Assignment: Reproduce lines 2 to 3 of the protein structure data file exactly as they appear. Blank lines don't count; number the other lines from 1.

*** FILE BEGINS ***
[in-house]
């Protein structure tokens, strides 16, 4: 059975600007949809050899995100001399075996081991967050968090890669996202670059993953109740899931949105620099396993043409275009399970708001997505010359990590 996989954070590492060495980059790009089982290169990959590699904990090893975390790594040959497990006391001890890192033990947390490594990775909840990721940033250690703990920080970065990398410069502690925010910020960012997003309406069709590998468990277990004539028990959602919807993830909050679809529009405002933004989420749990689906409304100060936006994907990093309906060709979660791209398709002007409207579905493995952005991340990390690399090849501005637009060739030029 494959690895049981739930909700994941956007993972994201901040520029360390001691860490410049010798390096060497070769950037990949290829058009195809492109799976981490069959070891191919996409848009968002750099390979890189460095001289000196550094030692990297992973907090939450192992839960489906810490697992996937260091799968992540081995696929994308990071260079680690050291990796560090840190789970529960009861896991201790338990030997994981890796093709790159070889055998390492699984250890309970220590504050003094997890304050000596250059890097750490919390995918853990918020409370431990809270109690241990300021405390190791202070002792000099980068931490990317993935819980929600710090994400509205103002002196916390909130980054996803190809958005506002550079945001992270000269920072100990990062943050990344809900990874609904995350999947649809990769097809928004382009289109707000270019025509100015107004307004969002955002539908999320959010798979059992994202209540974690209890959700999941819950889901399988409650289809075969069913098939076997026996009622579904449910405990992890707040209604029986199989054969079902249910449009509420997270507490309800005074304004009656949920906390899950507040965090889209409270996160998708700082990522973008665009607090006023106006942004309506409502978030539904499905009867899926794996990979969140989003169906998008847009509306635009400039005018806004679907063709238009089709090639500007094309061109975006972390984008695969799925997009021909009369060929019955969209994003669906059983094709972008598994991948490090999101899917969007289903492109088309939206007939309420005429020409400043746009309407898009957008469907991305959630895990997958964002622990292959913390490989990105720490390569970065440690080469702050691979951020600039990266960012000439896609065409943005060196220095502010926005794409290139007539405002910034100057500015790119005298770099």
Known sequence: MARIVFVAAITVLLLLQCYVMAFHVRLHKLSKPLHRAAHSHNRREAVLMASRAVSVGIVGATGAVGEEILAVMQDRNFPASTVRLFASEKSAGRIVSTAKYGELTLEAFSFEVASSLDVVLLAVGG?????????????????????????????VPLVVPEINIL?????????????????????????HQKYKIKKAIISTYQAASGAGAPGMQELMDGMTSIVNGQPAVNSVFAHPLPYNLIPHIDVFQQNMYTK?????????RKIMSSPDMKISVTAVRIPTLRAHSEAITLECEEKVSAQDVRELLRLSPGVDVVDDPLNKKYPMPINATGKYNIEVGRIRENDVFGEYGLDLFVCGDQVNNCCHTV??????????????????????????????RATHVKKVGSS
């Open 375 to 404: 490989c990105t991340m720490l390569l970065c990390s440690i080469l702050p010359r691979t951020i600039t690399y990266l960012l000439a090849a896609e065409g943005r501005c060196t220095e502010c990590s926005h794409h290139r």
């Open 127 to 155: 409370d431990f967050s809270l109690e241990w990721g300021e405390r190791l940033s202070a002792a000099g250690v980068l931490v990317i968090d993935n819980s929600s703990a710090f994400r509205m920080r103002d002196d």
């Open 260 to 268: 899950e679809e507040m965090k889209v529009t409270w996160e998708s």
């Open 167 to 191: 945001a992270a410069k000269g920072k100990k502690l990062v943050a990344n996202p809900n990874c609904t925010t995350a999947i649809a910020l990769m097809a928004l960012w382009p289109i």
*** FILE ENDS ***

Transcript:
């Protein structure tokens, strides 16, 4: 059975600007949809050899995100001399075996081991967050968090890669996202670059993953109740899931949105620099396993043409275009399970708001997505010359990590 996989954070590492060495980059790009089982290169990959590699904990090893975390790594040959497990006391001890890192033990947390490594990775909840990721940033250690703990920080970065990398410069502690925010910020960012997003309406069709590998468990277990004539028990959602919807993830909050679809529009405002933004989420749990689906409304100060936006994907990093309906060709979660791209398709002007409207579905493995952005991340990390690399090849501005637009060739030029 494959690895049981739930909700994941956007993972994201901040520029360390001691860490410049010798390096060497070769950037990949290829058009195809492109799976981490069959070891191919996409848009968002750099390979890189460095001289000196550094030692990297992973907090939450192992839960489906810490697992996937260091799968992540081995696929994308990071260079680690050291990796560090840190789970529960009861896991201790338990030997994981890796093709790159070889055998390492699984250890309970220590504050003094997890304050000596250059890097750490919390995918853990918020409370431990809270109690241990300021405390190791202070002792000099980068931490990317993935819980929600710090994400509205103002002196916390909130980054996803190809958005506002550079945001992270000269920072100990990062943050990344809900990874609904995350999947649809990769097809928004382009289109707000270019025509100015107004307004969002955002539908999320959010798979059992994202209540974690209890959700999941819950889901399988409650289809075969069913098939076997026996009622579904449910405990992890707040209604029986199989054969079902249910449009509420997270507490309800005074304004009656949920906390899950507040965090889209409270996160998708700082990522973008665009607090006023106006942004309506409502978030539904499905009867899926794996990979969140989003169906998008847009509306635009400039005018806004679907063709238009089709090639500007094309061109975006972390984008695969799925997009021909009369060929019955969209994003669906059983094709972008598994991948490090999101899917969007289903492109088309939206007939309420005429020409400043746009309407898009957008469907991305959630895990997958964002622990292959913390490989990105720490390569970065440690080469702050691979951020600039990266960012000439896609065409943005060196220095502010926005794409290139007539405002910034100057500015790119005298770099």
Known sequence: MARIVFVAAITVLLLLQCYVMAFHVRLHKLSKPLHRAAHSHNRREAVLMASRAVSVGIVGATGAVGEEILAVMQDRNFPASTVRLFASEKSAGRIVSTAKYGELTLEAFSFEVASSLDVVLLAVGG?????????????????????????????VPLVVPEINIL?????????????????????????HQKYKIKKAIISTYQAASGAGAPGMQELMDGMTSIVNGQPAVNSVFAHPLPYNLIPHIDVFQQNMYTK?????????RKIMSSPDMKISVTAVRIPTLRAHSEAITLECEEKVSAQDVRELLRLSPGVDVVDDPLNKKYPMPINATGKYNIEVGRIRENDVFGEYGLDLFVCGDQVNNCCHTV??????????????????????????????RATHVKKVGSS